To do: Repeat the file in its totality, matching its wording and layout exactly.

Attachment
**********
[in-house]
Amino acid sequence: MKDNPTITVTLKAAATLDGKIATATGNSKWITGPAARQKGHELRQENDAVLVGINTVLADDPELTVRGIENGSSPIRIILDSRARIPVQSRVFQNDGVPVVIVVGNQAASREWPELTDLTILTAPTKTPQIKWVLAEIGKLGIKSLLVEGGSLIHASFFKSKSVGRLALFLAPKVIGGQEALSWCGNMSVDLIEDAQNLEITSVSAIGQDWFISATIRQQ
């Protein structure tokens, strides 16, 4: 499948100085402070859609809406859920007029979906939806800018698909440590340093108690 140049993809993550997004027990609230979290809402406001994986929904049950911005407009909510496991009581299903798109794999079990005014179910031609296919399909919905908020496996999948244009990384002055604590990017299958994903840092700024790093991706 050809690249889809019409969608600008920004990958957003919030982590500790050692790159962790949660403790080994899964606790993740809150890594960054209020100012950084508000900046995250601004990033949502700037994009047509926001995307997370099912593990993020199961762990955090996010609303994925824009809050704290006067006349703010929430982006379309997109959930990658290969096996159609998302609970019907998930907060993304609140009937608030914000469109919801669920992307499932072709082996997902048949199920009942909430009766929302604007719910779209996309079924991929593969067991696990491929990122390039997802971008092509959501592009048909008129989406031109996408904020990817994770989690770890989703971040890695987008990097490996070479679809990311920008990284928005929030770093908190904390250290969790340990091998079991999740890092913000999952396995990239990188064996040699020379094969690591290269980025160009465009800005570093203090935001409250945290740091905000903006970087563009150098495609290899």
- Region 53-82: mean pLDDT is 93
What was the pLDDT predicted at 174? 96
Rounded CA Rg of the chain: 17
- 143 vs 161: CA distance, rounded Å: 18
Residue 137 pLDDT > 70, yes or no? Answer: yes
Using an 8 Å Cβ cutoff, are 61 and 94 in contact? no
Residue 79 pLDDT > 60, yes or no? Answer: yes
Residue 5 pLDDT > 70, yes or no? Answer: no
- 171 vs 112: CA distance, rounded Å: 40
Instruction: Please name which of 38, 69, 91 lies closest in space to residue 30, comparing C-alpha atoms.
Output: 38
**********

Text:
[in-house]
Amino acid sequence: MKDNPTITVTLKAAATLDGKIATATGNSKWITGPAARQKGHELRQENDAVLVGINTVLADDPELTVRGIENGSSPIRIILDSRARIPVQSRVFQNDGVPVVIVVGNQAASREWPELTDLTILTAPTKTPQIKWVLAEIGKLGIKSLLVEGGSLIHASFFKSKSVGRLALFLAPKVIGGQEALSWCGNMSVDLIEDAQNLEITSVSAIGQDWFISATIRQQ
């Protein structure tokens, strides 16, 4: 499948100085402070859609809406859920007029979906939806800018698909440590340093108690 140049993809993550997004027990609230979290809402406001994986929904049950911005407009909510496991009581299903798109794999079990005014179910031609296919399909919905908020496996999948244009990384002055604590990017299958994903840092700024790093991706 050809690249889809019409969608600008920004990958957003919030982590500790050692790159962790949660403790080994899964606790993740809150890594960054209020100012950084508000900046995250601004990033949502700037994009047509926001995307997370099912593990993020199961762990955090996010609303994925824009809050704290006067006349703010929430982006379309997109959930990658290969096996159609998302609970019907998930907060993304609140009937608030914000469109919801669920992307499932072709082996997902048949199920009942909430009766929302604007719910779209996309079924991929593969067991696990491929990122390039997802971008092509959501592009048909008129989406031109996408904020990817994770989690770890989703971040890695987008990097490996070479679809990311920008990284928005929030770093908190904390250290969790340990091998079991999740890092913000999952396995990239990188064996040699020379094969690591290269980025160009465009800005570093203090935001409250945290740091905000903006970087563009150098495609290899």
- Region 53-82: mean pLDDT is 93
What was the pLDDT predicted at 174? 96
Rounded CA Rg of the chain: 17
- 143 vs 161: CA distance, rounded Å: 18
Residue 137 pLDDT > 70, yes or no? Answer: yes
Using an 8 Å Cβ cutoff, are 61 and 94 in contact? no
Residue 79 pLDDT > 60, yes or no? Answer: yes
Residue 5 pLDDT > 70, yes or no? Answer: no
- 171 vs 112: CA distance, rounded Å: 40
Instruction: Please name which of 38, 69, 91 lies closest in space to residue 30, comparing C-alpha atoms.
Output: 38